A new rail bridge coupled with pedestrian paths in Melbourne’s Clifton Hill has helped Jeavons Landscape Architects transform a formerly grimy space into a public park that’s “a bit cool, a bit grand.”
Something significant happened when the Department of Transport built a new bridge over the Merri Creek, duplicating the rail line between Melbourne’s inner-city stations of Clifton Hill and Westgarth. The landscape below and around the bridge – cyclist and pedestrian connections, careful revegetation, and the beneath-bridge play space of Bridge Park – won Jeavons Landscape Architects AILA Victoria’s 2011 Urban Design award.
The handsome new rail bridge (by McGauran Giannini Soon) runs adjacent to the existing heritage listed rail bridge, and reprises the form and materiality of its brick piers in brick-clad concrete. At Bridge Park, on the north side of the creek, these piers create a series of spaces running about eighty metres from a small street down to the creek. A long, uninterrupted view slots between the two runs of piers across the creek to the Capital City Trail and connections up the revegetated creek escarpment.
Bridge Park has a casual, rough and inviting feel. What was formerly an oppressive and grimy space has become light, open, of interest, a bit cool, a bit grand. Terraces with concrete retaining walls for grinding and seating, a surprise urban topography of rolling asphalt, a basketball half-court and game markings, good graffiti, then large rocks for seating, lead down to the banks of the Merri. New housing, on one of inner Melbourne’s only gravel roads, surveys the scene. The architects’ sculpted render on the piers takes hip inspiration from tagged letterforms, and text in informal script tells the story of a rail line “from nowhere to nowhere.”
That the scale of the landscape elements doesn’t stack up to the monumental piers, and that a platform that could have been a stage is too small, and that more could have been done for skaters and bikers, and that the whole lacks a little orchestration, matters less in this design than it might elsewhere. How do you design for an attractive awkwardness? Bridge Park is an in-between space, and its success and popularity is achieved through what it is not – park, skate park, play space, manicured, civic, formal. Beneath this rail infrastructure, it is strategically well considered.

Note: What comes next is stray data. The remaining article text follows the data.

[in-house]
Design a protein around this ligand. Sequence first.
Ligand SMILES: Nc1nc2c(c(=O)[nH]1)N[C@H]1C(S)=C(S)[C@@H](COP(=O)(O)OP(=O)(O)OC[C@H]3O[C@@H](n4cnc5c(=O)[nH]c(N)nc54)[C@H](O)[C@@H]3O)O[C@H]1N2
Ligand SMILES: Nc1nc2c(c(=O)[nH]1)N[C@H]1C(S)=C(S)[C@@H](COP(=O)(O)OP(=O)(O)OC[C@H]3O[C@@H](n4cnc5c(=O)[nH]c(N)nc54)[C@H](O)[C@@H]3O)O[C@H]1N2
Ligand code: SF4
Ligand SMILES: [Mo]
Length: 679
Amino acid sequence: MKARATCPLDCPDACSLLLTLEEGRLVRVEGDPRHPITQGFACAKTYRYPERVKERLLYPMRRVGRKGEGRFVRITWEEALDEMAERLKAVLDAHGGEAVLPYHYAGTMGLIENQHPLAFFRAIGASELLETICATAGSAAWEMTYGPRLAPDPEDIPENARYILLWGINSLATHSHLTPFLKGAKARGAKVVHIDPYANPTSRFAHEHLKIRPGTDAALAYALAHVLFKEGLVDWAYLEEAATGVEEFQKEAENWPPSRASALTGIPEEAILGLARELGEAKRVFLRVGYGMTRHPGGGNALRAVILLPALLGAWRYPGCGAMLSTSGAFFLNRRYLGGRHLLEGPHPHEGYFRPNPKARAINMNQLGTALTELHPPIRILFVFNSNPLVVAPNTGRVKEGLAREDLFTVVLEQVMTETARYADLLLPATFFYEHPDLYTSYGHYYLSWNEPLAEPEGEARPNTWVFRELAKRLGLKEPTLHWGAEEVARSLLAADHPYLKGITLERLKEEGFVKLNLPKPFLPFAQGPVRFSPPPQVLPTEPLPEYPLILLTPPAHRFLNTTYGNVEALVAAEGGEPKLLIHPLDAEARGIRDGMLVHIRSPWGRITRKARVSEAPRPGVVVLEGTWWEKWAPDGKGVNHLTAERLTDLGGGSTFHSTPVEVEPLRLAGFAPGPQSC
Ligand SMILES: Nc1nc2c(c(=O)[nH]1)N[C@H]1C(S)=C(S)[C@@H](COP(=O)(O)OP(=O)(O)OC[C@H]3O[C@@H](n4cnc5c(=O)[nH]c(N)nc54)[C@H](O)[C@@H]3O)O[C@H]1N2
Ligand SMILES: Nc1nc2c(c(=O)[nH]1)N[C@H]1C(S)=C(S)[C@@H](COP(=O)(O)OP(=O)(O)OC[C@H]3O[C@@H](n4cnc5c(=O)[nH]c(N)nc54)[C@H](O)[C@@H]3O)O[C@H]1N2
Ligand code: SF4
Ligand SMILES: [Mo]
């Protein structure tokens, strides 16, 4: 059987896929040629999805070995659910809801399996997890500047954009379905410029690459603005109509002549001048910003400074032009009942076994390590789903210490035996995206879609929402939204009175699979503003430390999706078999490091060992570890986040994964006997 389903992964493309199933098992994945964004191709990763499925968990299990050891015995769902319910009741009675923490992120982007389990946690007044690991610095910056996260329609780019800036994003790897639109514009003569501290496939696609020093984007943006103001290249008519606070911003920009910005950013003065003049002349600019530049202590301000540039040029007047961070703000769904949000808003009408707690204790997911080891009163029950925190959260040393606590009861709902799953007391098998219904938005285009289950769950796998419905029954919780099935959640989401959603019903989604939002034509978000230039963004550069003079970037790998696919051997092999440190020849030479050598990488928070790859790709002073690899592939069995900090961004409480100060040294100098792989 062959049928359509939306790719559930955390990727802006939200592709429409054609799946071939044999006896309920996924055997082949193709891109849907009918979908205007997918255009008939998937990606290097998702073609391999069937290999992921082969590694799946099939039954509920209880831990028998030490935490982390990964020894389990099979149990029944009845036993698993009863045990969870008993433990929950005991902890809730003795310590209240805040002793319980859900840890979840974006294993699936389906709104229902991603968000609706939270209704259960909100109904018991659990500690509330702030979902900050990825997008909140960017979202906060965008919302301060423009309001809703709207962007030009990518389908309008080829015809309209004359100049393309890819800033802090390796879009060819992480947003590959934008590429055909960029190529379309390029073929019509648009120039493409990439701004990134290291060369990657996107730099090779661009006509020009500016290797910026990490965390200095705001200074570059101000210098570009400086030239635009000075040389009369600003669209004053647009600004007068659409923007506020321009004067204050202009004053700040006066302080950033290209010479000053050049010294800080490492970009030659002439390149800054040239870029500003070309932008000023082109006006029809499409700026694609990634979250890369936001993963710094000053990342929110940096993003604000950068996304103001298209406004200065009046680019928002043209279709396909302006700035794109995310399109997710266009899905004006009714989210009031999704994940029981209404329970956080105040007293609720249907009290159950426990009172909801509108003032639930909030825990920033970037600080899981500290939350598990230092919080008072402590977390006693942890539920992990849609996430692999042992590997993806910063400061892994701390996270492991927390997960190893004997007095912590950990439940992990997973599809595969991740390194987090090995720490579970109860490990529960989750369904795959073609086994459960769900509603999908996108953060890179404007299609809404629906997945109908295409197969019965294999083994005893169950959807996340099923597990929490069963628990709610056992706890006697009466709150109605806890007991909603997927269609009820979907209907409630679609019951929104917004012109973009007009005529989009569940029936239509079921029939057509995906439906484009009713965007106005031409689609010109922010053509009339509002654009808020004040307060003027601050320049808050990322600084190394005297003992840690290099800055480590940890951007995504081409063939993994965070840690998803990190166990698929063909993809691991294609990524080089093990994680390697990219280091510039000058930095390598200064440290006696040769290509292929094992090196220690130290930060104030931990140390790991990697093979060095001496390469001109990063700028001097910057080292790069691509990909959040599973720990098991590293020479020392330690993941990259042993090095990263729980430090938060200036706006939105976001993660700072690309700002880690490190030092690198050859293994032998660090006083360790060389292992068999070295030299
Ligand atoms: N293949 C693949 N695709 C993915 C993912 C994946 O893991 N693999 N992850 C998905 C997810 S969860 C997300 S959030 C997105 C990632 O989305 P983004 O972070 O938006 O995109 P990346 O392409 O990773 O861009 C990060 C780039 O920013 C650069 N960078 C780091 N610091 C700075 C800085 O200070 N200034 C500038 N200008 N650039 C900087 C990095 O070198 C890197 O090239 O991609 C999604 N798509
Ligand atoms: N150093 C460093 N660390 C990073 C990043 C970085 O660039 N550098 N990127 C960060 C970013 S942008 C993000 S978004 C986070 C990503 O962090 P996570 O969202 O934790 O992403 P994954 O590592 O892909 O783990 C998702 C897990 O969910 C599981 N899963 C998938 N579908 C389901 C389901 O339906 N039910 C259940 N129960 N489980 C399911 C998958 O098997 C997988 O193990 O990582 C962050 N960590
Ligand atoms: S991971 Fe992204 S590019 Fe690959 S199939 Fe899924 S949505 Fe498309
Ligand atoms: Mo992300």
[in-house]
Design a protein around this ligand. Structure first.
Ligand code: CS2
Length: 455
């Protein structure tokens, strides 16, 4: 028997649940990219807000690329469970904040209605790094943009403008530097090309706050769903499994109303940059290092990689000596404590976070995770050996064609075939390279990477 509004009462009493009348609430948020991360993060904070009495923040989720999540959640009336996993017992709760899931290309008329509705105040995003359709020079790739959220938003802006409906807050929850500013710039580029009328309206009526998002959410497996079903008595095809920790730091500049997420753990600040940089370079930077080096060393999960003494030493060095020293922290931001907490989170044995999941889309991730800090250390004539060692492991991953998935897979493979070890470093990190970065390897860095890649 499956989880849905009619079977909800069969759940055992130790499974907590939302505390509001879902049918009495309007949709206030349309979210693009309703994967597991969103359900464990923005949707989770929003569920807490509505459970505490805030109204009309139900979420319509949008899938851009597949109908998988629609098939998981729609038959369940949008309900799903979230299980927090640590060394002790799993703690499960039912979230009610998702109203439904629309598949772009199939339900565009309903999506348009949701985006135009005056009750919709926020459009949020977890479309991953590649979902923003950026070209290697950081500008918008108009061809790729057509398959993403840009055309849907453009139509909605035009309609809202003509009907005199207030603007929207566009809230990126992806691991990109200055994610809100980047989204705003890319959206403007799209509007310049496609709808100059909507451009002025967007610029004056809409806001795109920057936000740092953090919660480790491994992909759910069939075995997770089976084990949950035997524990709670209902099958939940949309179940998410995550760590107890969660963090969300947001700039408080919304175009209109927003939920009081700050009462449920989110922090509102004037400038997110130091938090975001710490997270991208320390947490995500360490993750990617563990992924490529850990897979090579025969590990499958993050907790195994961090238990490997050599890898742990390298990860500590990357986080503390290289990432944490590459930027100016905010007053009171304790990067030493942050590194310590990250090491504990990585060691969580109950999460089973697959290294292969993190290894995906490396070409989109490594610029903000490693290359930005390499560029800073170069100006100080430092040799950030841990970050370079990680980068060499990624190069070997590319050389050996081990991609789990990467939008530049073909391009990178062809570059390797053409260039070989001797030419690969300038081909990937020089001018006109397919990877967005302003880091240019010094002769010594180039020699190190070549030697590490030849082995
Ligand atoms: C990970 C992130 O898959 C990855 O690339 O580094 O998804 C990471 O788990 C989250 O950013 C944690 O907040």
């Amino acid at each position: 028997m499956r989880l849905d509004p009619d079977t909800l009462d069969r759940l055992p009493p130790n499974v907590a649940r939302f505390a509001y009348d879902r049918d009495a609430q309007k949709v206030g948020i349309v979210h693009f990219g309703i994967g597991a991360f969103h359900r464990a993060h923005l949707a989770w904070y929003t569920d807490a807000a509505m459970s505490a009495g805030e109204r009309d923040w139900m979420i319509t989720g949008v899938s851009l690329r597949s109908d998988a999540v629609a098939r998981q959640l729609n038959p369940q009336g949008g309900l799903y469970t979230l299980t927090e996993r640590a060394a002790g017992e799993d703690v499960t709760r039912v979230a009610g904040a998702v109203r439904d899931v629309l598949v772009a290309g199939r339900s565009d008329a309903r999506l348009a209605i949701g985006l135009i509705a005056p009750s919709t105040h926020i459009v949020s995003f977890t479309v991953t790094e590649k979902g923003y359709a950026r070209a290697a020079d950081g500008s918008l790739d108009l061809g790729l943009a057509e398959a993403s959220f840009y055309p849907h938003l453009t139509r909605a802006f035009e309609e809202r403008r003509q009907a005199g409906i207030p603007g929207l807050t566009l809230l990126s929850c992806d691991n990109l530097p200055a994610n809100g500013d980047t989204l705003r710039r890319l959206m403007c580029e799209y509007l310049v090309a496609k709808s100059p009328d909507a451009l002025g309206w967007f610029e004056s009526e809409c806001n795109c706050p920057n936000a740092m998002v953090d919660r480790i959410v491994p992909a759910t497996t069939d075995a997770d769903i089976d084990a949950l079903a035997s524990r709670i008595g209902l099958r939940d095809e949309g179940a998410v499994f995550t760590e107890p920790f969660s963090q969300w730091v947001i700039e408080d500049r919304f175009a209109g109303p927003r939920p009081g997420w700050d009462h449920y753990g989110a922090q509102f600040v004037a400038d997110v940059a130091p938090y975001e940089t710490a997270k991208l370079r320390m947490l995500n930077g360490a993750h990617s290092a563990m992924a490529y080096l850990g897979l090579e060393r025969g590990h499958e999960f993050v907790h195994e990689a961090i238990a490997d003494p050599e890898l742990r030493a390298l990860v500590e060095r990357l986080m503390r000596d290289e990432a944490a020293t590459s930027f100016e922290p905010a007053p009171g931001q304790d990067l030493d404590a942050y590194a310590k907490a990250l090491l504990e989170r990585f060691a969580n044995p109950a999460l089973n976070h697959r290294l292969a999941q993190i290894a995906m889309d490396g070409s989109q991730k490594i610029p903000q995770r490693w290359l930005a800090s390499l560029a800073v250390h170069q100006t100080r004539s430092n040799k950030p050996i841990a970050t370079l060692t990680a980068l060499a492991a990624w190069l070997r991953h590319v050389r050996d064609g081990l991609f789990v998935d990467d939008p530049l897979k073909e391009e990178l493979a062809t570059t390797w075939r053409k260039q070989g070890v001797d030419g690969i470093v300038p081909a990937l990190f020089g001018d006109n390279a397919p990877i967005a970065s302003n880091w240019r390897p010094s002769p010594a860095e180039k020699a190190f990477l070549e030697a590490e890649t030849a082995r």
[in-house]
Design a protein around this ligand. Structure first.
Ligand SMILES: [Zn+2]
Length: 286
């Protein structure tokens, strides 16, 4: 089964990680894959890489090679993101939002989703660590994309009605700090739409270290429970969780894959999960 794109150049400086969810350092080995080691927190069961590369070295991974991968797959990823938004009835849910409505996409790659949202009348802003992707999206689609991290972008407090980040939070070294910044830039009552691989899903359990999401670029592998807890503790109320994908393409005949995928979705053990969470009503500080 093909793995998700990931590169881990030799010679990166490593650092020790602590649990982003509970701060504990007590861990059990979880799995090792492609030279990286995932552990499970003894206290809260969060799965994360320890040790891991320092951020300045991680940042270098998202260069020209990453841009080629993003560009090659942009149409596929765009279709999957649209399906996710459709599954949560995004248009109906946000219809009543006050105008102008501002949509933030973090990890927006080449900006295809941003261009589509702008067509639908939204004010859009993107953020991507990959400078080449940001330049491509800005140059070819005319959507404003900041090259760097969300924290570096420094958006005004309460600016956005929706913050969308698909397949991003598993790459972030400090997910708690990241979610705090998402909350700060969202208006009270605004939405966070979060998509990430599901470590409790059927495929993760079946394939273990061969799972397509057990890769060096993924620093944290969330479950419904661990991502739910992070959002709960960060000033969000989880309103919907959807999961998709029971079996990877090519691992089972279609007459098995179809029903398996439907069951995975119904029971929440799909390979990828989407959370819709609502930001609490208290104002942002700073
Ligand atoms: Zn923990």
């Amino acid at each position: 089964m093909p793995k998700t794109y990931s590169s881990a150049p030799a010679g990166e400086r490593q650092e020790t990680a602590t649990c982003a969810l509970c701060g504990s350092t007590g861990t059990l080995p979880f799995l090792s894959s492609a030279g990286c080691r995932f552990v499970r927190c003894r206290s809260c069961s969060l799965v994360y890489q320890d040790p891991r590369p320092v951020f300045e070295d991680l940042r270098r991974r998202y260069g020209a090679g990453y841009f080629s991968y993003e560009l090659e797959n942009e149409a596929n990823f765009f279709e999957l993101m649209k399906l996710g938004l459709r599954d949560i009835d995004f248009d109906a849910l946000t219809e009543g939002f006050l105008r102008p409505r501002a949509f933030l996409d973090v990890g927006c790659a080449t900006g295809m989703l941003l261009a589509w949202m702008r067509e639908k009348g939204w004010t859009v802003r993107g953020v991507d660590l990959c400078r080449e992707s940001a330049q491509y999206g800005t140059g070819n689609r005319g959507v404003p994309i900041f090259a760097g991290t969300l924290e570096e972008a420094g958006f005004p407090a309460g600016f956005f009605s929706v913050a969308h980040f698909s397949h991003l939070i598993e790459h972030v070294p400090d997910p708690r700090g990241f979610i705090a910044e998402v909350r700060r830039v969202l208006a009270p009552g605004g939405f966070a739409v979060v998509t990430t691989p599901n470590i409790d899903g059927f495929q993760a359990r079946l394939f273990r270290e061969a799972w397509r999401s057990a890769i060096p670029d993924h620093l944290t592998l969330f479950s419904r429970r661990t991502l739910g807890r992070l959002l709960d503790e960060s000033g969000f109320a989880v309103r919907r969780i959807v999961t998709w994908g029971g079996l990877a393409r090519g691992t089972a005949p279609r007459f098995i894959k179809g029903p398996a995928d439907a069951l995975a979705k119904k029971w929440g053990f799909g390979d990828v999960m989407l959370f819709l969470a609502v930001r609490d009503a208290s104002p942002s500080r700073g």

The larger urban area on the south side of the creek is a tangle of overpasses and underpasses, diverging rail lines, and awkward connections. It was around here, in 1987, that Julian Knight slew seven people, an event commemorated on Hoddle Street in a beautiful memorial visible only to those who know. Twenty-five years later, the urban design of this project at last begins to open up that tangled space, through a simple east-side connection between Clifton Hill Station and the creek that takes movement away from the stark inhospitality of Hoddle Street.
The staircase that descends from Coulson Reserve, and from that new connection, is a pleasure in its materiality and detailing. Long, broken-ended, bluestone flags have been recycled into vertical cladding, bringing roughness and the basalt cliff geomorphology to the design. Perforated weathering steel panels bend around corners and add their roughness. Gabions filled with basalt ballast terrace the embankment. Levels have been carefully calculated to allow for a future ramp from the reserve and to make the steep embankment easy to traverse. At the top, a seat provides a fine view (as empties attest). Halfway down a platform is a simple, well-positioned resting area. Revegetation is extensive, returning pre-settlement ecologies to the area, with the escarpments carrying mostly shrubs and ground covers, the creek edges the bulk of the tree plantings. Around intersections, plantings have been kept low for visibility.
The Department of Transport entered into this project with great openness to the broader potential. All the stakeholders – Melbourne Water, the City of Yarra, the City of Darebin, bicycle user groups, community groups – worked together to create a rich outcome. This could have been just a bridge, and here it is so much more – a landscape for the public, not just their transport.